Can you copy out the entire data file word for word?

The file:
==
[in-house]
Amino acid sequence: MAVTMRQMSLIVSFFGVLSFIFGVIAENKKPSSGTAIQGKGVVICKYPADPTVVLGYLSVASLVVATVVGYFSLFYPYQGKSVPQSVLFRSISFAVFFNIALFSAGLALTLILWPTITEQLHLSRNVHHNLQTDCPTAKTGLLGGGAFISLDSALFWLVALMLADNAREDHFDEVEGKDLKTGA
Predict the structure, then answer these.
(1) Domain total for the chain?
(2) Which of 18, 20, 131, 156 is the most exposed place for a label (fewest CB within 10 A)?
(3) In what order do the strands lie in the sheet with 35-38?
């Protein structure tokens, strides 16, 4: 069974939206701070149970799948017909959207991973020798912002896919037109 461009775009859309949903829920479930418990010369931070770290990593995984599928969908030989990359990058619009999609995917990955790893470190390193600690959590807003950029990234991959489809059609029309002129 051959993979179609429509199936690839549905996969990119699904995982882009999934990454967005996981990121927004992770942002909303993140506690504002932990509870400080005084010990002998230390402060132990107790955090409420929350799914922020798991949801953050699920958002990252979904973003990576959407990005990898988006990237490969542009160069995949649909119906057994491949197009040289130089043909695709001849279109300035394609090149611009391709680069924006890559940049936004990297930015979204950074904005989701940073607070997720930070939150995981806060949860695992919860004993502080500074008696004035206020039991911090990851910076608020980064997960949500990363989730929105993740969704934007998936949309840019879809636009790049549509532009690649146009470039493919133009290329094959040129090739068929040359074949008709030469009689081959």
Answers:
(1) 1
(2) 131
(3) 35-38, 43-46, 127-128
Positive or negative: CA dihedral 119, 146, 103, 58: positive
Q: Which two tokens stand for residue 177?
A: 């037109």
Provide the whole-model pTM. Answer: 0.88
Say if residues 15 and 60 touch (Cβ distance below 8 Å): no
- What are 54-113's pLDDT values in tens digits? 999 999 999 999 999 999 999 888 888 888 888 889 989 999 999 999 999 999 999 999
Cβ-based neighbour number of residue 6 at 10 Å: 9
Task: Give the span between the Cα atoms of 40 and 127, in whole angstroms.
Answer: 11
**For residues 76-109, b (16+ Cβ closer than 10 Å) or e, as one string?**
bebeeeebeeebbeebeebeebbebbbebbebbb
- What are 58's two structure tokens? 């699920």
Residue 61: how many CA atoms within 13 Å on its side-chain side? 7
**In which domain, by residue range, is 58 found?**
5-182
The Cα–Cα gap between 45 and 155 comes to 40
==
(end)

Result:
[in-house]
Amino acid sequence: MAVTMRQMSLIVSFFGVLSFIFGVIAENKKPSSGTAIQGKGVVICKYPADPTVVLGYLSVASLVVATVVGYFSLFYPYQGKSVPQSVLFRSISFAVFFNIALFSAGLALTLILWPTITEQLHLSRNVHHNLQTDCPTAKTGLLGGGAFISLDSALFWLVALMLADNAREDHFDEVEGKDLKTGA
Predict the structure, then answer these.
(1) Domain total for the chain?
(2) Which of 18, 20, 131, 156 is the most exposed place for a label (fewest CB within 10 A)?
(3) In what order do the strands lie in the sheet with 35-38?
């Protein structure tokens, strides 16, 4: 069974939206701070149970799948017909959207991973020798912002896919037109 461009775009859309949903829920479930418990010369931070770290990593995984599928969908030989990359990058619009999609995917990955790893470190390193600690959590807003950029990234991959489809059609029309002129 051959993979179609429509199936690839549905996969990119699904995982882009999934990454967005996981990121927004992770942002909303993140506690504002932990509870400080005084010990002998230390402060132990107790955090409420929350799914922020798991949801953050699920958002990252979904973003990576959407990005990898988006990237490969542009160069995949649909119906057994491949197009040289130089043909695709001849279109300035394609090149611009391709680069924006890559940049936004990297930015979204950074904005989701940073607070997720930070939150995981806060949860695992919860004993502080500074008696004035206020039991911090990851910076608020980064997960949500990363989730929105993740969704934007998936949309840019879809636009790049549509532009690649146009470039493919133009290329094959040129090739068929040359074949008709030469009689081959």
Answers:
(1) 1
(2) 131
(3) 35-38, 43-46, 127-128
Positive or negative: CA dihedral 119, 146, 103, 58: positive
Q: Which two tokens stand for residue 177?
A: 């037109």
Provide the whole-model pTM. Answer: 0.88
Say if residues 15 and 60 touch (Cβ distance below 8 Å): no
- What are 54-113's pLDDT values in tens digits? 999 999 999 999 999 999 999 888 888 888 888 889 989 999 999 999 999 999 999 999
Cβ-based neighbour number of residue 6 at 10 Å: 9
Task: Give the span between the Cα atoms of 40 and 127, in whole angstroms.
Answer: 11
**For residues 76-109, b (16+ Cβ closer than 10 Å) or e, as one string?**
bebeeeebeeebbeebeebeebbebbbebbebbb
- What are 58's two structure tokens? 């699920």
Residue 61: how many CA atoms within 13 Å on its side-chain side? 7
**In which domain, by residue range, is 58 found?**
5-182
The Cα–Cα gap between 45 and 155 comes to 40